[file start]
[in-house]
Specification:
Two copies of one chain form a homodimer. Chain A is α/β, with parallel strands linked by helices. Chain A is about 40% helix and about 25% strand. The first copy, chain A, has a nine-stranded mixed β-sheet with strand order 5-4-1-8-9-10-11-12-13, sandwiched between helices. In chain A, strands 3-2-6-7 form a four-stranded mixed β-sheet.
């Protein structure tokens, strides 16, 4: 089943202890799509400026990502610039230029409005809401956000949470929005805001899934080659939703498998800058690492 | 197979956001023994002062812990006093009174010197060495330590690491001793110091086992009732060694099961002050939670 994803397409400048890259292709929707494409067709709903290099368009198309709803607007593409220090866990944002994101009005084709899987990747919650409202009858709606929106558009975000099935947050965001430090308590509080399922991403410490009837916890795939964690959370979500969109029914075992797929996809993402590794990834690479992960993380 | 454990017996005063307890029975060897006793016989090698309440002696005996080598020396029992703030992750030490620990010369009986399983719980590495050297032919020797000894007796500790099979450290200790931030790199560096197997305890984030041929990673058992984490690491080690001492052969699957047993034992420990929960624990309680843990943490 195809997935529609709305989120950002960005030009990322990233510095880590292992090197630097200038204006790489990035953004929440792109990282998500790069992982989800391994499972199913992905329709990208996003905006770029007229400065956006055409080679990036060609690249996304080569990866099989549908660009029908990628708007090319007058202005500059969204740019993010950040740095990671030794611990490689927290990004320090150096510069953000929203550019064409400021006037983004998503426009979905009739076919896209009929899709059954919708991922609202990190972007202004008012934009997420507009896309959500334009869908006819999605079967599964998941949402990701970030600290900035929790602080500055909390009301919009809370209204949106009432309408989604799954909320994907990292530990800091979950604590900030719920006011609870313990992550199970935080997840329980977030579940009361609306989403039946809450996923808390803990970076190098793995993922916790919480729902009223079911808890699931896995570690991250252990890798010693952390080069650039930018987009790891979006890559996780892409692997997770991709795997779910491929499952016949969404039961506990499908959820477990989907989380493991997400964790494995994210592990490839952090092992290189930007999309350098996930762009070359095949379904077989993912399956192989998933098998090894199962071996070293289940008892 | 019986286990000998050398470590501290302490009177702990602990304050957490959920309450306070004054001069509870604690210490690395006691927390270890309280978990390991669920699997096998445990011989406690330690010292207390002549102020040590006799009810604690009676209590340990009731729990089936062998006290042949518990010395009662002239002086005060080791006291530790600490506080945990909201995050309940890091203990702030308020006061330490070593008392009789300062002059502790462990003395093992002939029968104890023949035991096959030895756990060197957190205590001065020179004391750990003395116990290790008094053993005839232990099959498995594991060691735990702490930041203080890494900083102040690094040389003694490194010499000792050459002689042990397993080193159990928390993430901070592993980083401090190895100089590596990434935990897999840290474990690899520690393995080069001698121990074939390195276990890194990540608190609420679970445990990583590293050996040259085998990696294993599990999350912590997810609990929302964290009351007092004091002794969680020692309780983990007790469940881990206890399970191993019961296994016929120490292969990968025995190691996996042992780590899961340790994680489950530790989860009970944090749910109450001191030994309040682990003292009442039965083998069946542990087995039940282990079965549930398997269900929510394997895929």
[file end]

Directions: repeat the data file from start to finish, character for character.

[in-house]
Specification:
Two copies of one chain form a homodimer. Chain A is α/β, with parallel strands linked by helices. Chain A is about 40% helix and about 25% strand. The first copy, chain A, has a nine-stranded mixed β-sheet with strand order 5-4-1-8-9-10-11-12-13, sandwiched between helices. In chain A, strands 3-2-6-7 form a four-stranded mixed β-sheet.
């Protein structure tokens, strides 16, 4: 089943202890799509400026990502610039230029409005809401956000949470929005805001899934080659939703498998800058690492 | 197979956001023994002062812990006093009174010197060495330590690491001793110091086992009732060694099961002050939670 994803397409400048890259292709929707494409067709709903290099368009198309709803607007593409220090866990944002994101009005084709899987990747919650409202009858709606929106558009975000099935947050965001430090308590509080399922991403410490009837916890795939964690959370979500969109029914075992797929996809993402590794990834690479992960993380 | 454990017996005063307890029975060897006793016989090698309440002696005996080598020396029992703030992750030490620990010369009986399983719980590495050297032919020797000894007796500790099979450290200790931030790199560096197997305890984030041929990673058992984490690491080690001492052969699957047993034992420990929960624990309680843990943490 195809997935529609709305989120950002960005030009990322990233510095880590292992090197630097200038204006790489990035953004929440792109990282998500790069992982989800391994499972199913992905329709990208996003905006770029007229400065956006055409080679990036060609690249996304080569990866099989549908660009029908990628708007090319007058202005500059969204740019993010950040740095990671030794611990490689927290990004320090150096510069953000929203550019064409400021006037983004998503426009979905009739076919896209009929899709059954919708991922609202990190972007202004008012934009997420507009896309959500334009869908006819999605079967599964998941949402990701970030600290900035929790602080500055909390009301919009809370209204949106009432309408989604799954909320994907990292530990800091979950604590900030719920006011609870313990992550199970935080997840329980977030579940009361609306989403039946809450996923808390803990970076190098793995993922916790919480729902009223079911808890699931896995570690991250252990890798010693952390080069650039930018987009790891979006890559996780892409692997997770991709795997779910491929499952016949969404039961506990499908959820477990989907989380493991997400964790494995994210592990490839952090092992290189930007999309350098996930762009070359095949379904077989993912399956192989998933098998090894199962071996070293289940008892 | 019986286990000998050398470590501290302490009177702990602990304050957490959920309450306070004054001069509870604690210490690395006691927390270890309280978990390991669920699997096998445990011989406690330690010292207390002549102020040590006799009810604690009676209590340990009731729990089936062998006290042949518990010395009662002239002086005060080791006291530790600490506080945990909201995050309940890091203990702030308020006061330490070593008392009789300062002059502790462990003395093992002939029968104890023949035991096959030895756990060197957190205590001065020179004391750990003395116990290790008094053993005839232990099959498995594991060691735990702490930041203080890494900083102040690094040389003694490194010499000792050459002689042990397993080193159990928390993430901070592993980083401090190895100089590596990434935990897999840290474990690899520690393995080069001698121990074939390195276990890194990540608190609420679970445990990583590293050996040259085998990696294993599990999350912590997810609990929302964290009351007092004091002794969680020692309780983990007790469940881990206890399970191993019961296994016929120490292969990968025995190691996996042992780590899961340790994680489950530790989860009970944090749910109450001191030994309040682990003292009442039965083998069946542990087995039940282990079965549930398997269900929510394997895929």